Text of the Month No 4
By Jos Slabbert
Do you understand?
To step into the realm of the spirit
(The Tao is Tao, 17)
Explanation and comment
It is shocking what the poem says in the first four lines, isn't it? In a world dominated by the intellect, very few dare to think that our intellect is the source of our misery. But it is so true, isn't it? Our thinking tends to separate us from everything else. We are trained in formal education to classify and categorize all things. We first divide them into organic and inorganic categories, then are taught to "identify" and "name" them. Of course this is necessary, and I am not arguing here that children should not learn to see the difference between things. The ability to identify is essential to our survival. It would be irresponsible, though, not to point out a problem that is created on a spiritual level.
The youth are taught to believe that these differences are real and not just their intellectual effort to understand the world. They start believing that the world defined and separated by their intellects is the real world. Many education systems still lag behind the scientific realization that the world is in reality an ecological and organic totality of inseparable parts functioning in an indivisible network. Our division of the world, and our separation from the rest of the world, is in fact an intellectual exercise - it is the product of our thinking. It is not real.
These divisive patterns of thinking on a materialistic level has invaded our spiritual world too. With catastrophic results for our spiritual well-being.
What the poem is saying is that this intellectual division does not satisfy our spirit. It leaves us lonely and isolated. Even though our intellect tends to separate us from the rest, our spirit is desperately searching for peace in unity. Much of our dissatisfaction and unrest in spite of material well-being can be attributed to this. Our spirit is starving in a society satiated with divisive intellectuality and materialism.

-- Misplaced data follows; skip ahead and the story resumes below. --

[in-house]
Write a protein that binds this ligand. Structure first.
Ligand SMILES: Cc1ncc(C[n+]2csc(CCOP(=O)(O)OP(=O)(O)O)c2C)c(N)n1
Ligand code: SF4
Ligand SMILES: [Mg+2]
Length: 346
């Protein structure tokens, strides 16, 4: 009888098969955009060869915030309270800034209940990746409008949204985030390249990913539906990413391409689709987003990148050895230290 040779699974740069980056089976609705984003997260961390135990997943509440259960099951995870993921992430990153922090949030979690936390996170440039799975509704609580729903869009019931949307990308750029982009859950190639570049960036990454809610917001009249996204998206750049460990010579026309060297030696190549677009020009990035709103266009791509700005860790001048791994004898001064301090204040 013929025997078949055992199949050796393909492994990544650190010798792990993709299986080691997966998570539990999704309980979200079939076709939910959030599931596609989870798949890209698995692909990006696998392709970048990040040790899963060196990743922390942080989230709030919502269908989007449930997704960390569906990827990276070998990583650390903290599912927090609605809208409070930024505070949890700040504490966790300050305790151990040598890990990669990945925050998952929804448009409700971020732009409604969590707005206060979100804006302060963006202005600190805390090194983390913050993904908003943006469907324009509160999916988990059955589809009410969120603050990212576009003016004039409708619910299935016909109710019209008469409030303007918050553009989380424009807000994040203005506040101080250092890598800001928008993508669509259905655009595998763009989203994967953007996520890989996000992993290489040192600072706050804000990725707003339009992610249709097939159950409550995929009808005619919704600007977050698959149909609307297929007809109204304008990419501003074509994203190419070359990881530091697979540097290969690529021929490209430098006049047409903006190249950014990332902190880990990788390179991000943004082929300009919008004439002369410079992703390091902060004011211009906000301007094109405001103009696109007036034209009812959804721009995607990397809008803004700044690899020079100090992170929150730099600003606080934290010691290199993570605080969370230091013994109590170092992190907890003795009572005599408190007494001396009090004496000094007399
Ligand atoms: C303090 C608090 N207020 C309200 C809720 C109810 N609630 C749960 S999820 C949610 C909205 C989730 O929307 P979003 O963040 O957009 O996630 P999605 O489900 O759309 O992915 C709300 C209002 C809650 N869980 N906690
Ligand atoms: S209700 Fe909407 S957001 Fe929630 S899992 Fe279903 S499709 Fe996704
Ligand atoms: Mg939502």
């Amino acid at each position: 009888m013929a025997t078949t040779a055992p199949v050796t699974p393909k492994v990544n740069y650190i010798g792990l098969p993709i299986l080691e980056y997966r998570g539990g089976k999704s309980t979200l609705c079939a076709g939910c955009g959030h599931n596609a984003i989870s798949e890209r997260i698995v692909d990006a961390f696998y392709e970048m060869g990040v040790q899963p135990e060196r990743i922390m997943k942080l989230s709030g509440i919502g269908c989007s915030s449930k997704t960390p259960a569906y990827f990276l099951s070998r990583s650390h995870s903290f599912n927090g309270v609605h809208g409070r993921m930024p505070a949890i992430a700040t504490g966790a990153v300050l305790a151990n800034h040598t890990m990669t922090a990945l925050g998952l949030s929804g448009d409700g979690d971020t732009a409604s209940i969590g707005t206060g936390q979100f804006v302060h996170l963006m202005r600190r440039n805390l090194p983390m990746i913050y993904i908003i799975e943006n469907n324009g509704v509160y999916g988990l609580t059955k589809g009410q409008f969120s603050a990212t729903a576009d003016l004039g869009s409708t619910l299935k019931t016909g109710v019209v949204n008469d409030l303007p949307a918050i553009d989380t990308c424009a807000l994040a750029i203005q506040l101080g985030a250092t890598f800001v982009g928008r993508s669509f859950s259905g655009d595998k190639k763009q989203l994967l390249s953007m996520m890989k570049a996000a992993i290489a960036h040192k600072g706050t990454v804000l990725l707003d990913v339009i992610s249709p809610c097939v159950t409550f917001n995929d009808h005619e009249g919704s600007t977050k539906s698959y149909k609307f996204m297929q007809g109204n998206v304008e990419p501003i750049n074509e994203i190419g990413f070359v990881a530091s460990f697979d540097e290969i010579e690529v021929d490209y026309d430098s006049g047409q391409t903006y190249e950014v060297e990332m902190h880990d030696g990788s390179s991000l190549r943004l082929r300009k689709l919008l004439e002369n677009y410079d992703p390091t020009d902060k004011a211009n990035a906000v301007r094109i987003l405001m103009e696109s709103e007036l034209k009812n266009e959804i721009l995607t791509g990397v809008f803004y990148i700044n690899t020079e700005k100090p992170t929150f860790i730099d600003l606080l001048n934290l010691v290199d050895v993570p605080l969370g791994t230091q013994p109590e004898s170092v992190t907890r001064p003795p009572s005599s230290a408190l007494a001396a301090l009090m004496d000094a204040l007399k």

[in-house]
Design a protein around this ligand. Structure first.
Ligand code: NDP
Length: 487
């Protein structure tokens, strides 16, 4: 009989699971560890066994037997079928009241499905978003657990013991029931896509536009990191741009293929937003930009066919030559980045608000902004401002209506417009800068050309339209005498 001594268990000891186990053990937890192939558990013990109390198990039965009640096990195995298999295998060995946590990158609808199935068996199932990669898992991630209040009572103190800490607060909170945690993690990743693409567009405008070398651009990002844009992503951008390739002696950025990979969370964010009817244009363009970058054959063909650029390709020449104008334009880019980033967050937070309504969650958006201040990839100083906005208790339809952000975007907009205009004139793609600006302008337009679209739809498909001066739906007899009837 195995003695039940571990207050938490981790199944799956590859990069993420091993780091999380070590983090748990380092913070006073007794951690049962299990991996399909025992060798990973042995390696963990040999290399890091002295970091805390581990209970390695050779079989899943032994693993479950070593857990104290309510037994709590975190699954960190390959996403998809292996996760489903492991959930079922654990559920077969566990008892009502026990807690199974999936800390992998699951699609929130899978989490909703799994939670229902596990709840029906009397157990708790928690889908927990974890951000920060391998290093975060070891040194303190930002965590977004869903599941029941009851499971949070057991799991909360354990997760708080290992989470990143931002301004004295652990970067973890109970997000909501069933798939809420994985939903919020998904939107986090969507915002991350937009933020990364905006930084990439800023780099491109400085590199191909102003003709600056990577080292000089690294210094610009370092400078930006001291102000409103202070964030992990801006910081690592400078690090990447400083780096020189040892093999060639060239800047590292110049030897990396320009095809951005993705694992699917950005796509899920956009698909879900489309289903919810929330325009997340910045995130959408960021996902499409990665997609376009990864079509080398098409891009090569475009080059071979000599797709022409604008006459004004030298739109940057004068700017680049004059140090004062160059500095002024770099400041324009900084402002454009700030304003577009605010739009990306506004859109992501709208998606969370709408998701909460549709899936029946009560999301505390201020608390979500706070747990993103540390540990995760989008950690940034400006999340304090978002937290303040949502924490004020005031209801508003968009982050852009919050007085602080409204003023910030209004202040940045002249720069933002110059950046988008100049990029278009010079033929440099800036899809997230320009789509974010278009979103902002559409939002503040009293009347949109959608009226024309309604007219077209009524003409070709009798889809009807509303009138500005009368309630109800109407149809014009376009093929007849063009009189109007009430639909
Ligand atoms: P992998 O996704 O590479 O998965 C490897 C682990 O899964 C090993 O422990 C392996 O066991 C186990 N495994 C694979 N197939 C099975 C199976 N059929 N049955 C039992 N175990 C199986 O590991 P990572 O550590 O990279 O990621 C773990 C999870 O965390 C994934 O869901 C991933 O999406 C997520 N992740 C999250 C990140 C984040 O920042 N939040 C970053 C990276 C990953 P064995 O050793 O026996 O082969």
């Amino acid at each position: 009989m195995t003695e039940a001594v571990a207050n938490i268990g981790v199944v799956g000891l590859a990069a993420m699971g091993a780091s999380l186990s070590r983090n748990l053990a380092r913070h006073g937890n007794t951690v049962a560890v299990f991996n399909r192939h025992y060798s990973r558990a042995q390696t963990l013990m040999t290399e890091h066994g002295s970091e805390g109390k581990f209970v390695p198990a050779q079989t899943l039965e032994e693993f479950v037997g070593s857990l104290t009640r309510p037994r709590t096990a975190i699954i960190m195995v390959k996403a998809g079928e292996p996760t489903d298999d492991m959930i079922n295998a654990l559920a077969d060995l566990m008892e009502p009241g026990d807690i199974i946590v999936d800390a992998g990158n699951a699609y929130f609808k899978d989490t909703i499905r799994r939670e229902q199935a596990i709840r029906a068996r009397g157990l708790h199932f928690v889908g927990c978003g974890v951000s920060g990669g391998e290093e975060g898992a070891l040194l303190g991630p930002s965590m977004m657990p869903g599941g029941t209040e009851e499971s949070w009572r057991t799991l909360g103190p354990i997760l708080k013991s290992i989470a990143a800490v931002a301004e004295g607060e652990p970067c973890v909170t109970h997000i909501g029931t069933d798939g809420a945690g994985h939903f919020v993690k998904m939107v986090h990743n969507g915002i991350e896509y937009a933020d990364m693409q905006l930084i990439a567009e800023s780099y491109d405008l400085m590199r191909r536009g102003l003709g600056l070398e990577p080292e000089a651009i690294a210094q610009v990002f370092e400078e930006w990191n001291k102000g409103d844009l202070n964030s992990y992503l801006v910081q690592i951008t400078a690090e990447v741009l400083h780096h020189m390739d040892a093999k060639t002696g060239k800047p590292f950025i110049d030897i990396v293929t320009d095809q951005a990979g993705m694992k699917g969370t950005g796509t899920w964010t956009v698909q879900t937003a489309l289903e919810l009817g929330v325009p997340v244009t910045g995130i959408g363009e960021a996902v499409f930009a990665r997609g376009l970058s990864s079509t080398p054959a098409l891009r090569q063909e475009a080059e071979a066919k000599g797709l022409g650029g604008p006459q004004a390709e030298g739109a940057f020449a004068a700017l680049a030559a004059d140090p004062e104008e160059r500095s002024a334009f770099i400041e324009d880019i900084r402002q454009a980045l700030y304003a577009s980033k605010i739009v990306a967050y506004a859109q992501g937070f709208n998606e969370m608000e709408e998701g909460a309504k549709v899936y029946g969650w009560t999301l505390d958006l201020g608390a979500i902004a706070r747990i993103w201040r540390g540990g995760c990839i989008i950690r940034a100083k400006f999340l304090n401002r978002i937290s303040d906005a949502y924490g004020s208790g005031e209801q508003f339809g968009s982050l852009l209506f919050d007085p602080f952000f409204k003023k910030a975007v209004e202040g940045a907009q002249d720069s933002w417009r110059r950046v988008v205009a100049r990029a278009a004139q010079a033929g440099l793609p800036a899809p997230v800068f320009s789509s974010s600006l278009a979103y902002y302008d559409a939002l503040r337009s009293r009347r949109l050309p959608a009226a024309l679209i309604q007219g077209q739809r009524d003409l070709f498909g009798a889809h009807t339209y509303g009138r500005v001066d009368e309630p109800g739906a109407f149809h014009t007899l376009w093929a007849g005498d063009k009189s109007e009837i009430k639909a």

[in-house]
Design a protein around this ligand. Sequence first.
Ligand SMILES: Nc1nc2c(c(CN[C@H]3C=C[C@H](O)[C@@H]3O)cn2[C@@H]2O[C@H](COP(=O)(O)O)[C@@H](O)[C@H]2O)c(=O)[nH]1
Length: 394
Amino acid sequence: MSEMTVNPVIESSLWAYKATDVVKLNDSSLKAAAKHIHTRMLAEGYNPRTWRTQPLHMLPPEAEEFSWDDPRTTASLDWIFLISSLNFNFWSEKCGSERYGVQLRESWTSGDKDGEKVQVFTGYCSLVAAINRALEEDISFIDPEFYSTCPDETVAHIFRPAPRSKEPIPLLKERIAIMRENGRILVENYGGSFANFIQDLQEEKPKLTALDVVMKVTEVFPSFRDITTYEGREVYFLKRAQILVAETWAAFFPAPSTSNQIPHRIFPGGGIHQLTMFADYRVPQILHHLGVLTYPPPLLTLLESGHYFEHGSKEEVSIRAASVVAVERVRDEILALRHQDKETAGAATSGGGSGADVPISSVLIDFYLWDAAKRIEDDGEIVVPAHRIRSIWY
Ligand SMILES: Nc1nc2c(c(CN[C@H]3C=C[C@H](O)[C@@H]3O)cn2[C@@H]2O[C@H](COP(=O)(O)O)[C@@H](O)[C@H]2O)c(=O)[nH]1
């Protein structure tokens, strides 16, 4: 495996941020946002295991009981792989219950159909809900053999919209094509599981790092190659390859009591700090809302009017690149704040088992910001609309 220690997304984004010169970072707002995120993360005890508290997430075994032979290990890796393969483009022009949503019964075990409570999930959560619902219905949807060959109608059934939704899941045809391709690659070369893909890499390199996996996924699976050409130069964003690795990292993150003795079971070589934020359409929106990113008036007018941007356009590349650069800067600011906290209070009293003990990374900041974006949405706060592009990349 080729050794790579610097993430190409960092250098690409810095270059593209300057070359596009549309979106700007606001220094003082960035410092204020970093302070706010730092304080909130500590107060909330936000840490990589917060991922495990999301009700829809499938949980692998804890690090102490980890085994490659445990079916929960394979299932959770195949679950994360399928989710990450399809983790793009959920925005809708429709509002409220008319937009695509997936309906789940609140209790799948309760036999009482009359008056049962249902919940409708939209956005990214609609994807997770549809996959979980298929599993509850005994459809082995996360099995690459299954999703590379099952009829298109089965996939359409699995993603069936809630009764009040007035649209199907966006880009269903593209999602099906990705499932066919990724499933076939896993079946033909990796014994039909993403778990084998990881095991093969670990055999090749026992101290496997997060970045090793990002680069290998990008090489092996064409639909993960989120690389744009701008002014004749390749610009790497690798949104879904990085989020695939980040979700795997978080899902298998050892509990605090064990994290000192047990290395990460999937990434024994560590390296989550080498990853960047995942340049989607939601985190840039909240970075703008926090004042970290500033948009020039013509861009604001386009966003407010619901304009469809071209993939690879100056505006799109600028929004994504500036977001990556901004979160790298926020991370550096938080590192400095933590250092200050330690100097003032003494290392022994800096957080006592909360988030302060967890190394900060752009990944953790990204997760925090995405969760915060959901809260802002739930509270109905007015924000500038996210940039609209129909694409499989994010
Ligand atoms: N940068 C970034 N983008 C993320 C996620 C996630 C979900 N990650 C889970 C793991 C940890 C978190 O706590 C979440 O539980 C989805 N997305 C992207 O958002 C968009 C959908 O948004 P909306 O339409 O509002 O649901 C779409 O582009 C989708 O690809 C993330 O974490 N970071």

One could also describe this process of separation in psychological terms. We are encouraged by our education system to create our own inflated idea of self or "I" in this world. Most people tend to devote their lives to their own invention of a fictional "I", using material means to prove that their illusions are real. They would think, "I am great. I am cleverer than the rest and therefore more successful." They would then spend their lives trying to prove this to themselves and the rest of the world. This "proof" would often take the form of competitiveness and material possession. "Look at me. I have a huge mansion, more beautiful than yours, a bank full of money, and a beautiful wife to match. I am a major shareholder in Exploitation Ltd. Wow! I am superior to you. What I think I am is real. I am the greatest." Do you think people cannot be this naive? You are in for a surprise. They are. Maybe you have also fallen, even if it is to a lesser degree, for this form of "junk thinking".
The sad result of this form of dedication to "I" is that people separate themselves from their fellow beings. Exploitation, often accompanied by destruction and cruelty, become respectable. In spite of their "success", people embracing this life style remain dissatisfied, for they have not really begun to understand that the spirit needs unity, not separation.
"I" is the most divisive and destructive concept ever invented by thinking. The poem clearly points out that peace can only be found after you have accepted that you are empty, that "I" is fiction and only exists in your overheated mind. Getting rid of the ego is essential before you can find the kind of unity that will bring you true peace of mind. In a way, you have to ignore your own analytical forms of thinking before you can come into contact with your true self and establish harmony with others.
The last stanza of the poem comes to a profound conclusion: You must abandon analytical thinking if you want to enter the world of the spirit. To a generation who have been trained into mainly analytical, divisive thought patterns in an education system focusing mainly on materialist gain, taking this "irrational" step would be difficult if not impossible.
It is like stepping over a precipice, not knowing what is below. It is almost like forcing that most revered of all faculties to the modern world, the intellect, to commit suicide. Yet, there is no other way. You need to be courageous, and you need faith. But it is the only way. We have seen what destruction our focus on our intellect, our ego and materialism has brought to the world, and how lonely and desperate the human being has become in the process. The only cure is to abandon thinking and step over the precipice, and to come into contact with your spiritual being, which is an indivisible part of the rest of your being.
As the poem so clearly states: Life, true life - a life of harmony and true spiritual satisfaction - starts this way.